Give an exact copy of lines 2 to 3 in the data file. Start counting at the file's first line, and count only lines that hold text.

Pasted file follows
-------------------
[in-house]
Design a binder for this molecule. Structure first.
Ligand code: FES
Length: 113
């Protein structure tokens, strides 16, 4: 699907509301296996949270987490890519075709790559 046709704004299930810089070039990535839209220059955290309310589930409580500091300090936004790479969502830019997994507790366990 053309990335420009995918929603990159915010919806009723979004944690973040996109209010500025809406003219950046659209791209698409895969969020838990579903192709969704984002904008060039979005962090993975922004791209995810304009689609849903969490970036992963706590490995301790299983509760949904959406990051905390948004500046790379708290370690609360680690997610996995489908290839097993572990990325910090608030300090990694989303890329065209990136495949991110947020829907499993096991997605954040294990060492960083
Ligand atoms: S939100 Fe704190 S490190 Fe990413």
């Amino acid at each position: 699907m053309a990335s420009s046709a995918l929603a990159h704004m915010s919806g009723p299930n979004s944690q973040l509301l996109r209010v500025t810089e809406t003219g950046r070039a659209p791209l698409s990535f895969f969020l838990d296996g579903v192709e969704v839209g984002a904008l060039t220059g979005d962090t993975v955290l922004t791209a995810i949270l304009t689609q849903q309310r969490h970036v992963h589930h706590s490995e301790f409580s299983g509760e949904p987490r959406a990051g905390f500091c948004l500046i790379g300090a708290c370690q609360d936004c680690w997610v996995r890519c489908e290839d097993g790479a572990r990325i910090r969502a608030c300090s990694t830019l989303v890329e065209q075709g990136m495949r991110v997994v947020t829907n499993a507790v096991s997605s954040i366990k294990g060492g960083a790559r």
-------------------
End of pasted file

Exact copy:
Design a binder for this molecule. Structure first.
Ligand code: FES